June 16th being Bloomsday, and the spring and summer being a time for gardens to flower, let us write of the blossom. Blooming as it does, the blossom matures and evolves in spring, and into the summer. By June, there are signs of burgeoning fields of florets. It is not just Bloomsday, but Blossom, Dearie, everywhere singing the praises of the season, perhaps even singing out “Once upon a summertime.”
But to return to the subject of the flower in bloom, the blossom, be it a rose, a daffodil (as Ms. Dearie’s record label was called), a carnation or a pom-pom, it is ever welcome.
Who needs civil liberties? The rights of our citizens were hard-won. Freedom did not just emerge from the blood and sweat of the Revolutionary War in documents of federation and constitutional laws. Some Americans had many more years to struggle to see their rights recognized. Many of our privileges evolved in the amendments to our Bill of Rights over the 3 centuries since that war established a United States.
The simple single answer is we all do. Remembering, as always, that with rights come responsibilities.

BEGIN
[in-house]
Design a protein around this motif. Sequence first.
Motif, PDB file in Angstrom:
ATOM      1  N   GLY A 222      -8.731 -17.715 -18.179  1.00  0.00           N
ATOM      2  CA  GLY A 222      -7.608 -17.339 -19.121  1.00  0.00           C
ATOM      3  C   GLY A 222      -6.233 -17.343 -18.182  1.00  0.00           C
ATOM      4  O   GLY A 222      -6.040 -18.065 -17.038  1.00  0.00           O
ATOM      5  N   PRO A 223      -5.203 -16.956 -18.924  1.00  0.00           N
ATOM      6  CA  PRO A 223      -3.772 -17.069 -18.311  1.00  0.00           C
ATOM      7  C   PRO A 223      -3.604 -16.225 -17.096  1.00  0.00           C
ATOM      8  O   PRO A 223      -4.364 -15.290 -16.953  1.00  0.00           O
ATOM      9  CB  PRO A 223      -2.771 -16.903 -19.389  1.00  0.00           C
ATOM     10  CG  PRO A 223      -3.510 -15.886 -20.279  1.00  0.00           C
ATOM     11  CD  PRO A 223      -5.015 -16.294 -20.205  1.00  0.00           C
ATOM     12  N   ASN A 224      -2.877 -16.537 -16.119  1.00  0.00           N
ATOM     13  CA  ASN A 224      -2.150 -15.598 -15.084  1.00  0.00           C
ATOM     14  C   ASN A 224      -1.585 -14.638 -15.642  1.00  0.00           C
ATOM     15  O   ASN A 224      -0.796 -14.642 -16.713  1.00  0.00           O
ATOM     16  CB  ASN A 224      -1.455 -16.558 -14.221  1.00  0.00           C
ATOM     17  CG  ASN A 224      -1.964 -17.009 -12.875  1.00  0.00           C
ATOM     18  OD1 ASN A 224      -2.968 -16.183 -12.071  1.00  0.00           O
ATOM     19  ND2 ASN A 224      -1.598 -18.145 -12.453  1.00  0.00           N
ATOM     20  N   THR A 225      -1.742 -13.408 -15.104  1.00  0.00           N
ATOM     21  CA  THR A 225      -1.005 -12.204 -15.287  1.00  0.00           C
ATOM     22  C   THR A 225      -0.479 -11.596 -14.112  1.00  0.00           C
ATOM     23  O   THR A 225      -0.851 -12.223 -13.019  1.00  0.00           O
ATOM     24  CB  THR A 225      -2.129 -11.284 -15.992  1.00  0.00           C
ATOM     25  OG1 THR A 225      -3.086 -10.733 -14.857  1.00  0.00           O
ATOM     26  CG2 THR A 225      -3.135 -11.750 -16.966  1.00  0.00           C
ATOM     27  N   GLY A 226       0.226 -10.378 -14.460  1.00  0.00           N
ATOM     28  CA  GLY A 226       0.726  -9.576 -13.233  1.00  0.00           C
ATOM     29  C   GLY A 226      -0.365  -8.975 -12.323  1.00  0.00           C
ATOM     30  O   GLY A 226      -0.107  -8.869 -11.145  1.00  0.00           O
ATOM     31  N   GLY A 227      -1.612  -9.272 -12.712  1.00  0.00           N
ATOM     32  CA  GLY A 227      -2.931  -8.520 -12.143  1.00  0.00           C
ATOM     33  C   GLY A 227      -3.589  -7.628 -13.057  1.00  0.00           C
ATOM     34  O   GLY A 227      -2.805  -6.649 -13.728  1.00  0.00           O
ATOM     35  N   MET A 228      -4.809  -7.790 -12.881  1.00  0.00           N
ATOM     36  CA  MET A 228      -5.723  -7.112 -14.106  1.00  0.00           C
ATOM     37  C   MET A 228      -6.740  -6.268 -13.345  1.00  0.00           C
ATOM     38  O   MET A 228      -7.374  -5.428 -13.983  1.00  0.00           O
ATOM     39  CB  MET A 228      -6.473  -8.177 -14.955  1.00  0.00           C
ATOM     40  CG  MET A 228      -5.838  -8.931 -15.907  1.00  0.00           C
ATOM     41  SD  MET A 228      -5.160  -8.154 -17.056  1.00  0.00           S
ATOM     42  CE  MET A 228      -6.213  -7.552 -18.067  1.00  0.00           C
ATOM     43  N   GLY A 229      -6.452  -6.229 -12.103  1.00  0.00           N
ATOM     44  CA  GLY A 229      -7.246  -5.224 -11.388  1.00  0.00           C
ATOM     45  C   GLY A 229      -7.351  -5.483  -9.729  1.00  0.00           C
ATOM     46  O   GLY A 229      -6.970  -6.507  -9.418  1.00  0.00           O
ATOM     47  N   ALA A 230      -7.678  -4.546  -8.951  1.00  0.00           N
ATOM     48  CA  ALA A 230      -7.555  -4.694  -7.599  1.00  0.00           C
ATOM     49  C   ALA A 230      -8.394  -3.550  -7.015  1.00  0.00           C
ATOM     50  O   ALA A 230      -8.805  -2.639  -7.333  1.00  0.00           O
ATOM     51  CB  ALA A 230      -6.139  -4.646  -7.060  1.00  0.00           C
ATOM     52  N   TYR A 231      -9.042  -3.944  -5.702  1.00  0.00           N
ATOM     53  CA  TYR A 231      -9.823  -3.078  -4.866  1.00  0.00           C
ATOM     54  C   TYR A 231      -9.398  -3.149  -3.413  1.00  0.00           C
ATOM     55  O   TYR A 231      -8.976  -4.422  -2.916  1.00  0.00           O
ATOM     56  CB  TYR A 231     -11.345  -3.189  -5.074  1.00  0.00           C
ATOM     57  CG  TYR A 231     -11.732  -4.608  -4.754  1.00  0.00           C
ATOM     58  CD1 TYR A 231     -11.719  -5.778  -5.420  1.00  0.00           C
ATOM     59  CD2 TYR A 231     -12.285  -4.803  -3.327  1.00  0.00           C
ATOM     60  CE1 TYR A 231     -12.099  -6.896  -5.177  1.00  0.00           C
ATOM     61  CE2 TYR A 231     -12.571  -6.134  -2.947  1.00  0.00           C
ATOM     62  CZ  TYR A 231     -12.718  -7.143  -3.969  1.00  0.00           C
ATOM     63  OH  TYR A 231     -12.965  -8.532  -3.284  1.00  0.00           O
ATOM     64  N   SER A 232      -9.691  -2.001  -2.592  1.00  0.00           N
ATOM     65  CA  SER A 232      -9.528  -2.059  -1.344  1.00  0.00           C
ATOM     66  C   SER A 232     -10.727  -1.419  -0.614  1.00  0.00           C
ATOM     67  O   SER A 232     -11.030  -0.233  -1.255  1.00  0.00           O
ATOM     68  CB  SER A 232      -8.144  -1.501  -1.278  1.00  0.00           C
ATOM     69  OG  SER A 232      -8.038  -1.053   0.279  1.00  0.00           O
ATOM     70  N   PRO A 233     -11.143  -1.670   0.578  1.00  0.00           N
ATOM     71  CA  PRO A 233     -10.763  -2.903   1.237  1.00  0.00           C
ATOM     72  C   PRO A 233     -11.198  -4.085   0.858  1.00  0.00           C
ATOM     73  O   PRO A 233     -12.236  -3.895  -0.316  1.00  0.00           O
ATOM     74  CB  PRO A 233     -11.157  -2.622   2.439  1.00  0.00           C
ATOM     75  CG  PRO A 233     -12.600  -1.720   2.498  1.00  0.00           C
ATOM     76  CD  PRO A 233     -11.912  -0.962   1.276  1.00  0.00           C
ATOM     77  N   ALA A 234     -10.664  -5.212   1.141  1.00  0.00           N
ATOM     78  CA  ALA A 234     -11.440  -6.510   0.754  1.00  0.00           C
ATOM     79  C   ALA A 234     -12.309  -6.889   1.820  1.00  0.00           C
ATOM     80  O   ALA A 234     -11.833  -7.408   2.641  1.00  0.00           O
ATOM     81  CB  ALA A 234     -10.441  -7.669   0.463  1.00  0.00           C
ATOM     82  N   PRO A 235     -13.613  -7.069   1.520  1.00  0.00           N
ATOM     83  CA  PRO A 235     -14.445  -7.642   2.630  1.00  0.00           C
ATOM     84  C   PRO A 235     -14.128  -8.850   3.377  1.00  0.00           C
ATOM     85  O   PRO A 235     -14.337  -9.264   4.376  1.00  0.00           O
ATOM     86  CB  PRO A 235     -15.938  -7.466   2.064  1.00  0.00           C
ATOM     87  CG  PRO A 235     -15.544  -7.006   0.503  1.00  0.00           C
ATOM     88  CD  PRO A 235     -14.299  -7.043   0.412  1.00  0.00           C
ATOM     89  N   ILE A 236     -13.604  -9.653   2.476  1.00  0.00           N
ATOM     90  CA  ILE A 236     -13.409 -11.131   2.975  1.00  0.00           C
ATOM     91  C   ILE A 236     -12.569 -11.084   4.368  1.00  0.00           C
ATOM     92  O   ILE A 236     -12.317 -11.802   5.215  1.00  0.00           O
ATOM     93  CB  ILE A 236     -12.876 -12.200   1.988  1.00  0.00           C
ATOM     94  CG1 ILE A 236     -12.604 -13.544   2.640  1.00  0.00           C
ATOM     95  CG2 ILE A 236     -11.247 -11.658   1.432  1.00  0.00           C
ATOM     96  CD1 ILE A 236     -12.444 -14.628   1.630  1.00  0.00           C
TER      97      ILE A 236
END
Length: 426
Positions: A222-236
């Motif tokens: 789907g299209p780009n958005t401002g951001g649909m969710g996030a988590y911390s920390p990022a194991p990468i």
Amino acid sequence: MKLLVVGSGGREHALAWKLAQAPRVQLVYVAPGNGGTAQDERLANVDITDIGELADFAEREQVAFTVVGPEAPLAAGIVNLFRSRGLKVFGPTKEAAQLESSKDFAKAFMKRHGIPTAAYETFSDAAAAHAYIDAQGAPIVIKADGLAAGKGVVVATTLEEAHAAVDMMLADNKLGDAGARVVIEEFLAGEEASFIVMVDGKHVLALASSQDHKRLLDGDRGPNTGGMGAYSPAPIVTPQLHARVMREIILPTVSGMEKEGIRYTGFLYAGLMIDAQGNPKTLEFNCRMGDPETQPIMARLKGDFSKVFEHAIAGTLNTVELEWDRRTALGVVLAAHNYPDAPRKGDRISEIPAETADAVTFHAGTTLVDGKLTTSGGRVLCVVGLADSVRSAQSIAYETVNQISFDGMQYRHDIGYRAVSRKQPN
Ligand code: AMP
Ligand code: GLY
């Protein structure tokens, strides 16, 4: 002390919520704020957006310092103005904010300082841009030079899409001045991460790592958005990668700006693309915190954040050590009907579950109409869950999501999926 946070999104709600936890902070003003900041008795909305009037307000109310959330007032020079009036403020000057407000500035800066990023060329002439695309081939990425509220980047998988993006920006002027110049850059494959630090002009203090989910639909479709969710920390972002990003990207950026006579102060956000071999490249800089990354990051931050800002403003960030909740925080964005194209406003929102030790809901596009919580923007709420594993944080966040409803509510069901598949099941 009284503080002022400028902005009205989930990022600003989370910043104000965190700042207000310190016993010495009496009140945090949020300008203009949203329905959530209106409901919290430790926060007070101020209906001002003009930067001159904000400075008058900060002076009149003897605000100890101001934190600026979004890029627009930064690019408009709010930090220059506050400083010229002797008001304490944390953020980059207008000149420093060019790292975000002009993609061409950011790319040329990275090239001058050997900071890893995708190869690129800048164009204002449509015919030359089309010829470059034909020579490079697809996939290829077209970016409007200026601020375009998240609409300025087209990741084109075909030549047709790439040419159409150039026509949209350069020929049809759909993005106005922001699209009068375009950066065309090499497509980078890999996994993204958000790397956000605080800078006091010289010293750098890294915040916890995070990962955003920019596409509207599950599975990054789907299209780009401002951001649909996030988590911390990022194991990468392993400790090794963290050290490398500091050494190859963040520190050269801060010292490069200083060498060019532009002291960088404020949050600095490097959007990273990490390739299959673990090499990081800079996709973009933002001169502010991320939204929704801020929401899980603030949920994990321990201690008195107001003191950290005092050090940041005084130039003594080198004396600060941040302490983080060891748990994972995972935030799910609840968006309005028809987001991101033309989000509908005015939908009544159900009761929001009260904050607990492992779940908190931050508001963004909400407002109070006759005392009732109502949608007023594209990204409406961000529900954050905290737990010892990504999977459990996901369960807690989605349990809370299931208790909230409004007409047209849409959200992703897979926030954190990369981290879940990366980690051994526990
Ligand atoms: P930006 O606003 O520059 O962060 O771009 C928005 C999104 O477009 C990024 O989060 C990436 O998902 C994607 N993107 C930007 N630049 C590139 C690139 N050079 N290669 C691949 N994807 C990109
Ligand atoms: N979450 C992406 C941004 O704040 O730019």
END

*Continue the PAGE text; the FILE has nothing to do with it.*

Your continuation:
Sometimes it is not possible to quell the anger, fear and hatred of a policeman who stops a citizen for a tail-light violation. Situations get out of hand. The driver is arrested.
Many of the folks incarcerated have committed only the crime of “driving while black.” Responsible parents in the Afro-American community teach their children how to mitigate the outcomes of this very serious circumstance. It is one which affects the statistic in which 14% of a county’s population are prosecuted or jailed for more than 50% of the crimes committed there.
When 14% of a county’s population in places like Mississippi, for instance, are prosecuted for more than half the crimes committed in that county, it looks like that 14% are the bad seed. Looks can be deceiving. Statistics like these are clearly skewed. They are also deceiving.
There is an art to everything we do. It’s just plain true that there are some of us who are more creative in their doing. They are the artists who create from their imaginations. Their visions are made from scratch and research.
When things are blurry, it’s hard to see which object is the center of your attention. This is why we ask students to focus. It is also why we want those holding a lens to give us a clear picture, although we must acknowledge that there are times when the out-of-focus
is more in keeping with the auteur’s vision.